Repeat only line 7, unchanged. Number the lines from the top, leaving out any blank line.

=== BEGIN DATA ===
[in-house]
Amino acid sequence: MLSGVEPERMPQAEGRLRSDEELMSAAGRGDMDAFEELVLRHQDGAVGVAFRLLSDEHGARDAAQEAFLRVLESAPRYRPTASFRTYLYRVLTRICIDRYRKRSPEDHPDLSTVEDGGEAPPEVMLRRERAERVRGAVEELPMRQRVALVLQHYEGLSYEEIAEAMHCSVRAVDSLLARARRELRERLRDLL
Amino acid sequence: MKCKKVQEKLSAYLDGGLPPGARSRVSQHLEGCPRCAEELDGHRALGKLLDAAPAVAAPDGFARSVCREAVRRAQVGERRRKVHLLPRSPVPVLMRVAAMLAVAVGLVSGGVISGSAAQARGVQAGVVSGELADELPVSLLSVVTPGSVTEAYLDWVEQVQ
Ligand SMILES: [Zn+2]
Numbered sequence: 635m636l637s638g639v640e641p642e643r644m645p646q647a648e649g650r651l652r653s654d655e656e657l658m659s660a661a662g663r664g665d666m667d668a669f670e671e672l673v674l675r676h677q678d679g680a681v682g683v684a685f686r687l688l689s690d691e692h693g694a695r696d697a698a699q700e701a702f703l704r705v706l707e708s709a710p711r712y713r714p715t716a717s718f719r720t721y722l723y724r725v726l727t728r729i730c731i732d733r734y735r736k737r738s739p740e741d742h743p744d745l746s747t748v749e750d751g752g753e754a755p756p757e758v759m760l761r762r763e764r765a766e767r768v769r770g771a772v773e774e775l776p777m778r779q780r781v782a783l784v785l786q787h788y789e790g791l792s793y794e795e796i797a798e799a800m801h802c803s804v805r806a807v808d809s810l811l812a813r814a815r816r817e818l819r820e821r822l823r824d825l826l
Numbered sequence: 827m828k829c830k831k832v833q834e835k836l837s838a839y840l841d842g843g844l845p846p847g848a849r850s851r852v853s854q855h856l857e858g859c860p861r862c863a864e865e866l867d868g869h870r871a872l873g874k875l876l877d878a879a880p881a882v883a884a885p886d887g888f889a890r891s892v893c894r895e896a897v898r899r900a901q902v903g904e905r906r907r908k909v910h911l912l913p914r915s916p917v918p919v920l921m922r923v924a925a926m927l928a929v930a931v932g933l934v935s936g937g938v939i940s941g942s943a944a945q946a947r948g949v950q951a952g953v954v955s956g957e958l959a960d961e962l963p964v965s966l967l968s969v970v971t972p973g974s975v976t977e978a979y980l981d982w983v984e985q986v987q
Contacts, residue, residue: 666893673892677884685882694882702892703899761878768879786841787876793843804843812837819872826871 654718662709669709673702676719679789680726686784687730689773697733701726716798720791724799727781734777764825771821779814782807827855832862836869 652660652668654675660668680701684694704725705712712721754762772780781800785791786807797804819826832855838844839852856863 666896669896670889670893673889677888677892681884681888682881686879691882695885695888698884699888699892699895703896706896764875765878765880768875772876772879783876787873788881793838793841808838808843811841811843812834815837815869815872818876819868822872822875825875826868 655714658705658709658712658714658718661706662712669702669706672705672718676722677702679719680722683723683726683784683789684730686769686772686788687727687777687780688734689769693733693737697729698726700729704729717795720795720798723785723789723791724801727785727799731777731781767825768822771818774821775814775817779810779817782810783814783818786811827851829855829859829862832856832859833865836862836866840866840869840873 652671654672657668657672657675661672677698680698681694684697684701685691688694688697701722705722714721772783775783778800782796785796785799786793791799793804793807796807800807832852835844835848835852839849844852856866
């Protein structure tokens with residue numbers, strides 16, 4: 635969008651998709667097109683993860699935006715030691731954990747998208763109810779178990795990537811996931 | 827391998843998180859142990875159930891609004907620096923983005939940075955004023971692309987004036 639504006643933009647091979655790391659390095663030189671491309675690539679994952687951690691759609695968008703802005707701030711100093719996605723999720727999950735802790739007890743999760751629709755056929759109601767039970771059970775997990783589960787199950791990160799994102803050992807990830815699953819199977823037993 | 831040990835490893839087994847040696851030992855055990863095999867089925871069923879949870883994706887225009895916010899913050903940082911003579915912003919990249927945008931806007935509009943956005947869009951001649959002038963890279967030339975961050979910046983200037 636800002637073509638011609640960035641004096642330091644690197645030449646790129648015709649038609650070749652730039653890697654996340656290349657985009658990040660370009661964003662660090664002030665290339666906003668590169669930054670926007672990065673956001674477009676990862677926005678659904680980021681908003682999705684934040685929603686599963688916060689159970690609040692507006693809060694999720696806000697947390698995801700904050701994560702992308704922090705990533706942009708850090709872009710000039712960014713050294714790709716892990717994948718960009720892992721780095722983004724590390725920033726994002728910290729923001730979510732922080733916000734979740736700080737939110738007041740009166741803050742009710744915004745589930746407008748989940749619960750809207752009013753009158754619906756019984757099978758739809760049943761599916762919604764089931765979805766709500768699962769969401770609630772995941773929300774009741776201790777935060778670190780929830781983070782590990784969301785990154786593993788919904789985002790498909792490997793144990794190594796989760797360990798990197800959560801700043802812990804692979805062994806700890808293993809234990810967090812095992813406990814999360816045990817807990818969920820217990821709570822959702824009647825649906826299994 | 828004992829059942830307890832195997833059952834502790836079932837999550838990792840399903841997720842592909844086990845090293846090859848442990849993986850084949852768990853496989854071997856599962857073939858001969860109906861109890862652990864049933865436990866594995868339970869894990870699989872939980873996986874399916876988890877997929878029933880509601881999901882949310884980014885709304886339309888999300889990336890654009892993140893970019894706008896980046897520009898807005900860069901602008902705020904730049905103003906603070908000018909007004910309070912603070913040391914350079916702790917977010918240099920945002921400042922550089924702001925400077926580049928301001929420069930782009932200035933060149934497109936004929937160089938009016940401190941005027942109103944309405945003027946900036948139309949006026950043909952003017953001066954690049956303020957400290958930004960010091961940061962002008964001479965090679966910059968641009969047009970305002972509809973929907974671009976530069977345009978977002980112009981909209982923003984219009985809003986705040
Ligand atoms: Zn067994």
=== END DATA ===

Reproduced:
Contacts, residue, residue: 666893673892677884685882694882702892703899761878768879786841787876793843804843812837819872826871 654718662709669709673702676719679789680726686784687730689773697733701726716798720791724799727781734777764825771821779814782807827855832862836869 652660652668654675660668680701684694704725705712712721754762772780781800785791786807797804819826832855838844839852856863 666896669896670889670893673889677888677892681884681888682881686879691882695885695888698884699888699892699895703896706896764875765878765880768875772876772879783876787873788881793838793841808838808843811841811843812834815837815869815872818876819868822872822875825875826868 655714658705658709658712658714658718661706662712669702669706672705672718676722677702679719680722683723683726683784683789684730686769686772686788687727687777687780688734689769693733693737697729698726700729704729717795720795720798723785723789723791724801727785727799731777731781767825768822771818774821775814775817779810779817782810783814783818786811827851829855829859829862832856832859833865836862836866840866840869840873 652671654672657668657672657675661672677698680698681694684697684701685691688694688697701722705722714721772783775783778800782796785796785799786793791799793804793807796807800807832852835844835848835852839849844852856866